Adopting/rescuing Russian Tortoise this weekend

hcl113083

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Sep 18, 2020
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Hi All-
I am adopting/rescuing a Russian Tortoise this weekend. I have cared for many animals before, but this will be my first Russian Tortoise. I know (s)he is coming with its current housing/food/lighting etc, but since I haven't seen any of it yet I'm not sure if it is the correct lighting/diet etc. As such, I am trying to prepare as much as I can for transitioning my new friend to its new home. I live in New England so having a year round outdoor area isn't going to work (today is a high of 60!). I would love to setup a large garden tray in the house for him/her to graze in. I'm thinking of putting in this Russian Tortoise Forge Mix (https://www.amazon.com/gp/product/B07C43Y6LT/?tag=exoticpetnetw-20) and do dandelions and endive frisee too. What do you experts know that I don't and that I should be thinking of to make sure (s)he will be happy here for a long, long time.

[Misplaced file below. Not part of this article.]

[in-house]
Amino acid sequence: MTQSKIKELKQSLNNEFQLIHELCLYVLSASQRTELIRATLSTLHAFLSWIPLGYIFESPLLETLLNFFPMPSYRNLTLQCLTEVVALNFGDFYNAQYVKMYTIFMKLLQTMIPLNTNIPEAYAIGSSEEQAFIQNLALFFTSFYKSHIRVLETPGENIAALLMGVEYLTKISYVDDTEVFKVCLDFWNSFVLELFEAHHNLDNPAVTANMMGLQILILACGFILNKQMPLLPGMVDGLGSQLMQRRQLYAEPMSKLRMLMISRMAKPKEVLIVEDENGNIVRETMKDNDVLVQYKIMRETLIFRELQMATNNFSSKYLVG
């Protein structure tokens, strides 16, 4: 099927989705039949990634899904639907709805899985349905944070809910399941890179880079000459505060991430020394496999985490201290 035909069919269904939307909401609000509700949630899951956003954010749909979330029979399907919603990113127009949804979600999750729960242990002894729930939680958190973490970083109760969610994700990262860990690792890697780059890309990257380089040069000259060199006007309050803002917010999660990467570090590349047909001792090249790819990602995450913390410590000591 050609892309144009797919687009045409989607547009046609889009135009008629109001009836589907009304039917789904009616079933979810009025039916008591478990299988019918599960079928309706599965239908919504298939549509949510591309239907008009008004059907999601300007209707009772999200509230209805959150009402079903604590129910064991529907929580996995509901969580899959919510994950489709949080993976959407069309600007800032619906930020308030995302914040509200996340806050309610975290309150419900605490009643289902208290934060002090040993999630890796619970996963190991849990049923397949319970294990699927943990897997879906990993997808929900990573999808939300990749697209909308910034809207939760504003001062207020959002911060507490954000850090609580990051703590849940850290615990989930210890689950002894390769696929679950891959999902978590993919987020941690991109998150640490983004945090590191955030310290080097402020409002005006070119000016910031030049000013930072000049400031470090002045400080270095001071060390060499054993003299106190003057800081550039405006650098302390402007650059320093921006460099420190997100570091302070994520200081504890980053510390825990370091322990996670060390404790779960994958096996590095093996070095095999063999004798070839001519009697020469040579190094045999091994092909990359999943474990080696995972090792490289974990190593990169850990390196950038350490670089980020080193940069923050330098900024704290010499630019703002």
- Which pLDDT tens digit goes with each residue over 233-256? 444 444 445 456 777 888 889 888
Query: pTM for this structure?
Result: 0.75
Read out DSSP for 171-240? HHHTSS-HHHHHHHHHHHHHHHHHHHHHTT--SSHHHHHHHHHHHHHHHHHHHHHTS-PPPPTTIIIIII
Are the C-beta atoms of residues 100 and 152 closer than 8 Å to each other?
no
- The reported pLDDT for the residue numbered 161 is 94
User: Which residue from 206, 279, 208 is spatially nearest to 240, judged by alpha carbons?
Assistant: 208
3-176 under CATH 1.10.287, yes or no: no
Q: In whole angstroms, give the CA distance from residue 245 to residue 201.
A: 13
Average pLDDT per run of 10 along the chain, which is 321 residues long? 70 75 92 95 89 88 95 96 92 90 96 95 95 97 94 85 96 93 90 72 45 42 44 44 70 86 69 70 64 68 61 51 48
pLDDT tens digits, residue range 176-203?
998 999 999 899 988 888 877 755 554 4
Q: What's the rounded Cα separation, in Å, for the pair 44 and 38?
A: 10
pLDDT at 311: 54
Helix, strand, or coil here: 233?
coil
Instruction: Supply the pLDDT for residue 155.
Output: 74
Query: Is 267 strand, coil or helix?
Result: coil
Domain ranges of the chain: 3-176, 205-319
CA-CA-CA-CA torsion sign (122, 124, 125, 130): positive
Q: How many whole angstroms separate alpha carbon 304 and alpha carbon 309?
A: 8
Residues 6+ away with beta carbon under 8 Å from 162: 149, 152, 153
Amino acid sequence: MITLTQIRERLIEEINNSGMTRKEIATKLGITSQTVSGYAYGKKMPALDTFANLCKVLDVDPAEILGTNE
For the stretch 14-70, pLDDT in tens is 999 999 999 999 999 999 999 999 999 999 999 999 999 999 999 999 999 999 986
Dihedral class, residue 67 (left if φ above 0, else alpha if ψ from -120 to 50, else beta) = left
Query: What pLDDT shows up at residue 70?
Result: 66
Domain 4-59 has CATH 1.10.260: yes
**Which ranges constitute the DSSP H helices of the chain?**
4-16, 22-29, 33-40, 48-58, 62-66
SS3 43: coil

I don't want to overwhelm the poor thing not knowing its background, but want to make sure it has what is needed as quickly as possible.

TIA!
 
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TortoiseWarrior

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Welcome
 

crimson_lotus

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good news is, the weather in the northeast is great for a russian. you may want to also think about brumating them at some point (not this year, they will need to acclimate and you have to make sure they are 100% healthy first)

the garden tray sounds lovely as well! just don't be surprised if it's gone almost immediately.
 

hcl113083

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good news is, the weather in the northeast is great for a russian. you may want to also think about brumating them at some point (not this year, they will need to acclimate and you have to make sure they are 100% healthy first)